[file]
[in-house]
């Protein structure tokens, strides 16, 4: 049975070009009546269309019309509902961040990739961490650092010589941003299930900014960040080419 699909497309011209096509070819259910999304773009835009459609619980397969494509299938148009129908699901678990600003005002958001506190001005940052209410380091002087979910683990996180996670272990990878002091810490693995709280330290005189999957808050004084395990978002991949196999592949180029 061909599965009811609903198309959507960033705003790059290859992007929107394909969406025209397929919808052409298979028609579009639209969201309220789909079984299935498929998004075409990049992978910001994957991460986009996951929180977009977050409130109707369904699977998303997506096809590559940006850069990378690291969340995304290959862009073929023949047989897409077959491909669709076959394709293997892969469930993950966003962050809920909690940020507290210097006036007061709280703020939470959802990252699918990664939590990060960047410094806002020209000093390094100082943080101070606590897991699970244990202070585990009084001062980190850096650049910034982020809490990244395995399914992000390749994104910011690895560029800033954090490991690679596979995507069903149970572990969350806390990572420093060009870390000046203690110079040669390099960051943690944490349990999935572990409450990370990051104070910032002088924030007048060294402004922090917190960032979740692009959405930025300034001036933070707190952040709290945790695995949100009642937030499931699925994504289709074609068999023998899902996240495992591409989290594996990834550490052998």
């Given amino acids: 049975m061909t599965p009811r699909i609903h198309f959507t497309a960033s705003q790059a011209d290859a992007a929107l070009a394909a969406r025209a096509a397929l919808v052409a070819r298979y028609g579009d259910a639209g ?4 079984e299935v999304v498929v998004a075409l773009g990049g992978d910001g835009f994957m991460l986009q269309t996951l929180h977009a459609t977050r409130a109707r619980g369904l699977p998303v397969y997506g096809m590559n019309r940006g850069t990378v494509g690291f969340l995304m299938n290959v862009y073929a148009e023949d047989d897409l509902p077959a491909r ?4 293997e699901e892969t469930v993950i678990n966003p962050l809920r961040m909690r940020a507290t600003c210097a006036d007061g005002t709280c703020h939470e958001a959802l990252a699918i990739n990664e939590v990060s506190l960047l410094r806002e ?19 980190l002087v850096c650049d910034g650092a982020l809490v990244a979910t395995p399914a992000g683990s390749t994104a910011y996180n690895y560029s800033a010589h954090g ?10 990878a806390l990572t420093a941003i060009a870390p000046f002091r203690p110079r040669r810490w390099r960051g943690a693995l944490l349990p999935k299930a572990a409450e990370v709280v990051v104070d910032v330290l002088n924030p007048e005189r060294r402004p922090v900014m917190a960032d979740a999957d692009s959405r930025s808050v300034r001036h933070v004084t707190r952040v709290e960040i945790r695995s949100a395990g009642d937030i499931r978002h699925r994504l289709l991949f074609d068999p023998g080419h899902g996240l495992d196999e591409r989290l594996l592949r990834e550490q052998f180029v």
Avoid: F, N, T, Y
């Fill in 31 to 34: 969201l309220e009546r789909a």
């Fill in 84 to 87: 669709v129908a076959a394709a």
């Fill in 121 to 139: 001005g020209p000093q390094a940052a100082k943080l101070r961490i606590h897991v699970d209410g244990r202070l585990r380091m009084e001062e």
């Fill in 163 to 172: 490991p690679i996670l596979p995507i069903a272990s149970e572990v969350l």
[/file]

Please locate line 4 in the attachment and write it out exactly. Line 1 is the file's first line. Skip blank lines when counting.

Avoid: F, N, T, Y